De-risking in trade finance – time to act

December 2017

As financial authorities express concern about de-risking in correspondent banking, a similar phenomenon is emerging in trade finance, driven by the high costs of KYC compliance. There is a danger that some banks in some regions, such as Africa, will have difficulty connecting to the trade finance world. Banks need to collaborate to help corporate clients to connect with their customers and address the still unsatisfied demand for international trade services.

De-risking is a hot topic in the cash clearing universe as some correspondent banks withdraw from certain countries, currencies, or products to control costs and risk. At the same time, de-risking is becoming a phenomenon in the trade universe for the same reasons.

Bank’s correspondent relationships are conducted via SWIFT’s global network, which numbers 11,000 banks in 200 countries. Via Relationship Management Application (RMA) keys, banks can connect with each other. The RMA is a SWIFT-mandated filter that enables financial institutions to define which counterparties can send them FIN messages. Any unwanted traffic is blocked at the sender level, reducing the operational risks associated with handling unwanted messages and providing a first line of defence against fraud. RMA Plus, a more granular version of RMA, goes one step further by letting institutions specify which message type(s) they want to receive from, and send to, each of their counterparties.

At present, there are around 2.8 million RMA keys – active or inactive – within the SWIFT community, out of which around 40% have not been used during the past months. Societe Generale, for example, has around 40,000 RMA keys out of which 28,000 are actually active. Regular clean-up of the stock needs therefore to be performed for more efficient monitoring of the keys.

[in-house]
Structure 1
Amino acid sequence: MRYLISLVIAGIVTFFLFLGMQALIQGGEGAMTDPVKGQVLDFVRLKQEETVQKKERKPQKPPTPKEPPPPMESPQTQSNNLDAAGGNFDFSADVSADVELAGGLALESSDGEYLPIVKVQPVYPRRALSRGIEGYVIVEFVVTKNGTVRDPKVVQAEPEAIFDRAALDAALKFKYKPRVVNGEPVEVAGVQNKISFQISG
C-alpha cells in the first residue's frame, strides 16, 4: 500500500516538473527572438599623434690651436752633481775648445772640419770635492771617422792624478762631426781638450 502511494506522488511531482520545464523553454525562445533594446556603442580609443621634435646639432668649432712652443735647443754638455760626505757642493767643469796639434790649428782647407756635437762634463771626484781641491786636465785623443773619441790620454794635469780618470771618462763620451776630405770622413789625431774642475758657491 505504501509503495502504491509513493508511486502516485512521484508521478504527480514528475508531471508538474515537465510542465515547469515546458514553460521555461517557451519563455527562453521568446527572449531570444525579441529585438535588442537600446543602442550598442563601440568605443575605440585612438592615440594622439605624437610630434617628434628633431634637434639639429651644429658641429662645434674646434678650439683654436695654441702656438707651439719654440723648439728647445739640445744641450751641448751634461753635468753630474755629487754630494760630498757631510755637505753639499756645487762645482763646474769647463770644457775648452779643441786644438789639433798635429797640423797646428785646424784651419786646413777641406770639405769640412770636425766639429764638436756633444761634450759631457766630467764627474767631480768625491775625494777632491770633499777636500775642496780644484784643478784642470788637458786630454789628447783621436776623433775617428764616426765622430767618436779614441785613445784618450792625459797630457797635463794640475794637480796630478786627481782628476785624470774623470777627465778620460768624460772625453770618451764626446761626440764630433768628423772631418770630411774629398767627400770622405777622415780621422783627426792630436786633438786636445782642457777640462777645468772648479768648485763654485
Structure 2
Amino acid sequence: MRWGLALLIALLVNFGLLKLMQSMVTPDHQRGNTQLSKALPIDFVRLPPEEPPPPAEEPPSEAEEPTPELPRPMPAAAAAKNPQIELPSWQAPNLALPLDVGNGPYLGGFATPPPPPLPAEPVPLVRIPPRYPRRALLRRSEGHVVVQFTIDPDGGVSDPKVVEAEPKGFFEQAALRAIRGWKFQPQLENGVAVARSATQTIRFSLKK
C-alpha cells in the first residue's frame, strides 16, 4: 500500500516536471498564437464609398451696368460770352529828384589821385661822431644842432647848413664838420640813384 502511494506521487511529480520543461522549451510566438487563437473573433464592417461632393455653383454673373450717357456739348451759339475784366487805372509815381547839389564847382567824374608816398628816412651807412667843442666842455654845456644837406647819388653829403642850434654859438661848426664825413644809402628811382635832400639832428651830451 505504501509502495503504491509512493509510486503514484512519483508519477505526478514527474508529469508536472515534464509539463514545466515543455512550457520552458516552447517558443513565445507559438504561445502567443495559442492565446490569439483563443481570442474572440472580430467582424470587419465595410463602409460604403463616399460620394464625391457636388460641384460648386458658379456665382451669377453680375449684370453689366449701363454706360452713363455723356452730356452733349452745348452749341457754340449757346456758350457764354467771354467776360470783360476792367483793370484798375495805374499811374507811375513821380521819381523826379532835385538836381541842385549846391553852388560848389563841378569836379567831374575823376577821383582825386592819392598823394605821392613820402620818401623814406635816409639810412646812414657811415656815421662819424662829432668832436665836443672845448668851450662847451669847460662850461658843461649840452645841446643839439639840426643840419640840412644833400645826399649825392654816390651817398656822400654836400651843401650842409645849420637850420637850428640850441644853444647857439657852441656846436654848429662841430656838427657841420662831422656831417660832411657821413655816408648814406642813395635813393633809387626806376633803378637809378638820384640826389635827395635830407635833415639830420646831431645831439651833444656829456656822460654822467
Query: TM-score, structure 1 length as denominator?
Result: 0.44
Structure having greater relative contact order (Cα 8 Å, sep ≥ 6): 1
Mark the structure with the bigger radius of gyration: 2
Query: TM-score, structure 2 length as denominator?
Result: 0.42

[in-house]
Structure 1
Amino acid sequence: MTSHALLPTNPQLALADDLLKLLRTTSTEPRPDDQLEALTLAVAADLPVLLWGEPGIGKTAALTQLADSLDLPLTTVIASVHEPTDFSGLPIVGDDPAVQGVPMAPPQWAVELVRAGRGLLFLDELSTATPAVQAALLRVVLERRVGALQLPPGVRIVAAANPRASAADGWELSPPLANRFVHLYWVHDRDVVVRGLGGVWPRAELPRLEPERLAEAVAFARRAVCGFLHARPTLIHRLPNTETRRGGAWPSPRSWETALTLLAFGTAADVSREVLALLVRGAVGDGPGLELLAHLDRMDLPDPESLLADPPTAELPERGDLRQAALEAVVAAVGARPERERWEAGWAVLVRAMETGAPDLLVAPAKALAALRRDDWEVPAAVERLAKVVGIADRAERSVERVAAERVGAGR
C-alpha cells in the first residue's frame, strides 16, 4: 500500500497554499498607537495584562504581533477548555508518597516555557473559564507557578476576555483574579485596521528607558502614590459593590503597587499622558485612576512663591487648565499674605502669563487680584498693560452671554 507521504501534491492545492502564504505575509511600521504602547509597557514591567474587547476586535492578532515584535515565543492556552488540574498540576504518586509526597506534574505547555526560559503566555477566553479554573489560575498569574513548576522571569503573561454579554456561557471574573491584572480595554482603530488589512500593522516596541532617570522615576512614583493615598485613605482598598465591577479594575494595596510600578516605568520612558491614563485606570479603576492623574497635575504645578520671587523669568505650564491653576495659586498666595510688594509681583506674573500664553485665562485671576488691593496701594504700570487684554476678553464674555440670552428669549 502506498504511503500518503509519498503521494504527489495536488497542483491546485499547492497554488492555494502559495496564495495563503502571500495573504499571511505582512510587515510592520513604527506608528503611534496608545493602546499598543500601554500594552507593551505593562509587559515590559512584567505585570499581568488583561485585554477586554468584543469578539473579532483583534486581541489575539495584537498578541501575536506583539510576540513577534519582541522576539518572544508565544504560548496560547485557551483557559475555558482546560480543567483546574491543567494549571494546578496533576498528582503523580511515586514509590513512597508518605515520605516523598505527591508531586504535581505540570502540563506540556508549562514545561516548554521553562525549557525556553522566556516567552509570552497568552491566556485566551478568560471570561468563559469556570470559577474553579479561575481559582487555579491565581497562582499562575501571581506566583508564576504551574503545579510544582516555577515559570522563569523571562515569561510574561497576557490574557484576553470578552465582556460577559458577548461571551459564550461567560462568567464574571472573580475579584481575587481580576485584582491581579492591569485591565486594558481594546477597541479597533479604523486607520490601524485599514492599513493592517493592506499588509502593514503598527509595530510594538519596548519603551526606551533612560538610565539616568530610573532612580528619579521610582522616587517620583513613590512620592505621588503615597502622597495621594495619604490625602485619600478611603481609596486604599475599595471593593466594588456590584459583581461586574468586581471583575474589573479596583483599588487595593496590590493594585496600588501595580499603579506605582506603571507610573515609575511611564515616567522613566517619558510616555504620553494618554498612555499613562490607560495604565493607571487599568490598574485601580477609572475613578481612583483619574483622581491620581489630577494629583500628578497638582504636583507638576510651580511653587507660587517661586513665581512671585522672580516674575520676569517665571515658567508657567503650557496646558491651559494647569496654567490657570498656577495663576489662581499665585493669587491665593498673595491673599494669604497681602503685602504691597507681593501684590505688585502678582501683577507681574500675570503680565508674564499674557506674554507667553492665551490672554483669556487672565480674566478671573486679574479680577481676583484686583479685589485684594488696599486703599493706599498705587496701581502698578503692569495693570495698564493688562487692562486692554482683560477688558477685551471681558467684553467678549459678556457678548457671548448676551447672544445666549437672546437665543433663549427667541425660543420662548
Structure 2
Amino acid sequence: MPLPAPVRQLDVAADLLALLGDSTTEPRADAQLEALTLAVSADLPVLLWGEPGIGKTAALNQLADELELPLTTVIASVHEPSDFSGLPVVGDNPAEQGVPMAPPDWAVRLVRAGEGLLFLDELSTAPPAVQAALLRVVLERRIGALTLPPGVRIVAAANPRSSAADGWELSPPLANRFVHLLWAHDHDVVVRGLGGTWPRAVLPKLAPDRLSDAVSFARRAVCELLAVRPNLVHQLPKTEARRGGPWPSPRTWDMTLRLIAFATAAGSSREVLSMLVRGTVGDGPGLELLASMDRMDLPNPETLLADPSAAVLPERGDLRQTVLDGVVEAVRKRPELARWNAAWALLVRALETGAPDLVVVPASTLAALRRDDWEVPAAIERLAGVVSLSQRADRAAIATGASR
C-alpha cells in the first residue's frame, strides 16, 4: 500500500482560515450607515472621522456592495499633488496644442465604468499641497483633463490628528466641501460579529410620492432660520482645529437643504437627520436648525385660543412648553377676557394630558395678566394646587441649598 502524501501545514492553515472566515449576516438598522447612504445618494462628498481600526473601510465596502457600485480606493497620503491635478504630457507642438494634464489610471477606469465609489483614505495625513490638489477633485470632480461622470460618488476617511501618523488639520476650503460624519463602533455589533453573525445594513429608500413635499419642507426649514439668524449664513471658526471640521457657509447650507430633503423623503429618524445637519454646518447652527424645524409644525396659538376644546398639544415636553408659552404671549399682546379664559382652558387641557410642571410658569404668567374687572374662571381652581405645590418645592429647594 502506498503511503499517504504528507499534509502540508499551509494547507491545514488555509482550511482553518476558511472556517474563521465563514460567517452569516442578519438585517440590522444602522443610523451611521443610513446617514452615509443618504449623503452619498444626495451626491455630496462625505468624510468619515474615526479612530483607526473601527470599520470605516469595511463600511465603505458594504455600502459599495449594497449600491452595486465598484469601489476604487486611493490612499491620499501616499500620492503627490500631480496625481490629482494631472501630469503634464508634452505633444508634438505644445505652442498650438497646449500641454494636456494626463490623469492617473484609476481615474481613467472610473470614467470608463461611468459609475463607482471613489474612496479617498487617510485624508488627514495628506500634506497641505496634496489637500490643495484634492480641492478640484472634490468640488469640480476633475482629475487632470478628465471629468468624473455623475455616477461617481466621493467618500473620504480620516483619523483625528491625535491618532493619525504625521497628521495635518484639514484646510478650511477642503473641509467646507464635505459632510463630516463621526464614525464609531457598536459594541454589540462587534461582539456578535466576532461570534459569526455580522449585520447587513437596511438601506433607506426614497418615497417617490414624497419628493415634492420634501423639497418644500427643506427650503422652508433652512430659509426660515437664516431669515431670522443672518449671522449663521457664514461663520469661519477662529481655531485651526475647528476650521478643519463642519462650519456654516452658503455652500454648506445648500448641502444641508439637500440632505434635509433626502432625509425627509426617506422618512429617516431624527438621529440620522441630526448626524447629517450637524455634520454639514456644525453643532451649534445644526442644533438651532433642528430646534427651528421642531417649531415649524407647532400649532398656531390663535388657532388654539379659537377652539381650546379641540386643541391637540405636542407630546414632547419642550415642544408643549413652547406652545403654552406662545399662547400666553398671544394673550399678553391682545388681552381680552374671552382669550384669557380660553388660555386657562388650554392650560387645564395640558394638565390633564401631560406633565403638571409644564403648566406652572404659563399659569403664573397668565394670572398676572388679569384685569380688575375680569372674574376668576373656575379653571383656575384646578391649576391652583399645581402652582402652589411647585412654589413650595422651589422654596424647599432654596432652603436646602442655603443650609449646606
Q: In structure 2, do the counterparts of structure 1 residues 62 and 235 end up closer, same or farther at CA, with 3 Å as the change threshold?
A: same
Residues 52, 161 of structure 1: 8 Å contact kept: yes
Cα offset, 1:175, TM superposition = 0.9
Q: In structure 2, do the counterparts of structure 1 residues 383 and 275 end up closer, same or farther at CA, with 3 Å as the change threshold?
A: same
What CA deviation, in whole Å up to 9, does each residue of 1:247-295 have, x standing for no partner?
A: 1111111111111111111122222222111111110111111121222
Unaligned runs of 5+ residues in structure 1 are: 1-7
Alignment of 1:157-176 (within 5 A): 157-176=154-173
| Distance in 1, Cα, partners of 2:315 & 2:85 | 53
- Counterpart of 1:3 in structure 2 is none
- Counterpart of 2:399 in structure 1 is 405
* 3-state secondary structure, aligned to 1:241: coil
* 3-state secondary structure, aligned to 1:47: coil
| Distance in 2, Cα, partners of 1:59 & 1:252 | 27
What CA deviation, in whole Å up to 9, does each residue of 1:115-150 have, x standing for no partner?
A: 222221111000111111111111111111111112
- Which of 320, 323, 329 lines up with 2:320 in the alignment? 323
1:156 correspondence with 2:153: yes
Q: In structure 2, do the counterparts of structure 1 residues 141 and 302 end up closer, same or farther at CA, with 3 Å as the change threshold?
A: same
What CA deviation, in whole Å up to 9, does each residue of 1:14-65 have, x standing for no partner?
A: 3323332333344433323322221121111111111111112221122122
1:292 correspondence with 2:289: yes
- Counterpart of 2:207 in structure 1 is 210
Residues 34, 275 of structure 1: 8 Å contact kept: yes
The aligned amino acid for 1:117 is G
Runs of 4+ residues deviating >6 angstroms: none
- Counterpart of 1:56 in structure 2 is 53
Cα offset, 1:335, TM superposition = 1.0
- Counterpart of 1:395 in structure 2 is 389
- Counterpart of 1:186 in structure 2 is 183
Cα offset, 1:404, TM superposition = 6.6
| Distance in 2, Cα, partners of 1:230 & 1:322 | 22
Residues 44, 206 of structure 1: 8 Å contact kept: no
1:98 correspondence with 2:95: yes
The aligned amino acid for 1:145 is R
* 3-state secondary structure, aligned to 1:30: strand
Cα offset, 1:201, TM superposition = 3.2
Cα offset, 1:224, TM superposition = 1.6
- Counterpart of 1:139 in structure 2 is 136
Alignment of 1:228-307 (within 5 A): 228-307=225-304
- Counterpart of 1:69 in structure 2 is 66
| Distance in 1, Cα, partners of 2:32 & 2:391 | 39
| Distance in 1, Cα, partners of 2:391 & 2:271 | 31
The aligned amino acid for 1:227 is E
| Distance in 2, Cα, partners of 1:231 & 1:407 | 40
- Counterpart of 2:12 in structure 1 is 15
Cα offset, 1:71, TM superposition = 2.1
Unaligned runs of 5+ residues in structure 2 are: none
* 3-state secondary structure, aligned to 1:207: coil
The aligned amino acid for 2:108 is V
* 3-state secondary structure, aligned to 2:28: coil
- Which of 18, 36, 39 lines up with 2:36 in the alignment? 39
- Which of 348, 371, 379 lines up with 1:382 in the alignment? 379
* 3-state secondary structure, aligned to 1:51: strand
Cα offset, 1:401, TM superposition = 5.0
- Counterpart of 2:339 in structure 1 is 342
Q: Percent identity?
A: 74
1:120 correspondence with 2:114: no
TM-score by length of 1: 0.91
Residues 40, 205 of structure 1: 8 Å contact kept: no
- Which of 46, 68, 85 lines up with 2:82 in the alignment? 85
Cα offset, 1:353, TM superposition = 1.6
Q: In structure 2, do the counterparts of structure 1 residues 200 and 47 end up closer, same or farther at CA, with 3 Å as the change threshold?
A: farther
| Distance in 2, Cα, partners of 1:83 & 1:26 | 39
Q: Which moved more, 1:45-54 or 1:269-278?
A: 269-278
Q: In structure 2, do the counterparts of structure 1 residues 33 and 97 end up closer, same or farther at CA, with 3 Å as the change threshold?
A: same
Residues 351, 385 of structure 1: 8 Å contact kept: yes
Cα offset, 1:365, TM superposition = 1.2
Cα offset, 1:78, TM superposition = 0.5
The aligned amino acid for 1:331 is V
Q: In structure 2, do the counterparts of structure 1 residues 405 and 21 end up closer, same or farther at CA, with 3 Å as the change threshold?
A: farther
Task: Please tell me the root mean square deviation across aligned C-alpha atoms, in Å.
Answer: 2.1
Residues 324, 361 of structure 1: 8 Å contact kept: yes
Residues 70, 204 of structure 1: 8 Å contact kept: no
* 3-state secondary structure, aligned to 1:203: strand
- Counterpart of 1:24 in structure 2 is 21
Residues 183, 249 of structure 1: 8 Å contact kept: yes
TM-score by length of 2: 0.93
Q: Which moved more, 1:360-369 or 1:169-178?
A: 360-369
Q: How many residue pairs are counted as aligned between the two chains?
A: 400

The RMA keys enable banks to open channels with each other in a relatively easy and straightforward way on the SWIFT network – from a technical angle, the banks just need to agree with each other that they will use a RMA key. However, even if a channel is technically open, it would not be used for FIN messages unless a full KYC (know your customer) is executed by each partner on the other one and, as the case may be (high risk country for example) further authorisation as required from banks’ compliance departments are obtained.

The cost of KYC maintenance for each key is currently estimated in a range of USD20,000-USD70,000, depending on the institution. KYC and compliance costs in trade finance may be a level above those in cash clearing as financial regulators and compliance officers tend to regard trade finance as a specifically risky business from an ALM/CFT point of view.

In cash clearing, a bank requires only one partner bank to execute payments in a particular currency for a specific flow.  A bank active in trade finance however, needs active relationships with many banks around the world in order to serve a variety of international commercial activities from its customers. The intensity of the network in trade finance is much greater than in cash clearing.

It is not enough for the door to be open; to pass the threshold, specific authority must come from within the bank.

Agnès Joly
Global Head of Trade Finance

Globally, trade finance banks are reducing the number of active RMA keys to reduce KYC costs. As in cash clearing, this could have an impact on banks and their clients in some regions, specifically in emerging countries and for SMEs. While banks such as Societe Generale will generally find a bank to trade with in countries where our customers need it, some banks based in certain regions, such as Africa, increasingly have difficulty in finding a global or large regional bank to connect with them on trade finance. The de-risking in trade finance means some countries may have more difficulty connecting with the outside world. Furthermore, the large regional and global banks will focus on where the best business is, trading with customers that have a more regular flow of trade and are deemed safe. Companies that perhaps do only a handful of trades per year, or a small, opportunistic business that wins a one-off export deal may struggle to find bank partners to access the overseas financial system.

The impact of de-risking in trade finance is not yet critical, but it is a topic that the ICC and SWIFT are aware of and that an institution like IFC is stressing in a recent paper (September 2017). Suggested actions range from:

  • Lobbying regulators for a better alignment of KYC requirements across jurisdictions. (today, a bank with a large network like Société Générale may need to have several specific KYC for the same counterpart because of diverging regulatory requirement among countries)
  • Pushing for the use of KYC registry for banks currently implemented by SWIFT.
  • Streamlining and reducing KYC costs within each bank through better organisation, implementation of digitalised processes, etc...
  • More collaboration between banks, particularly large regional banks that could work together to help corporate clients to connect with their customers and do business.



Notes: estimated datas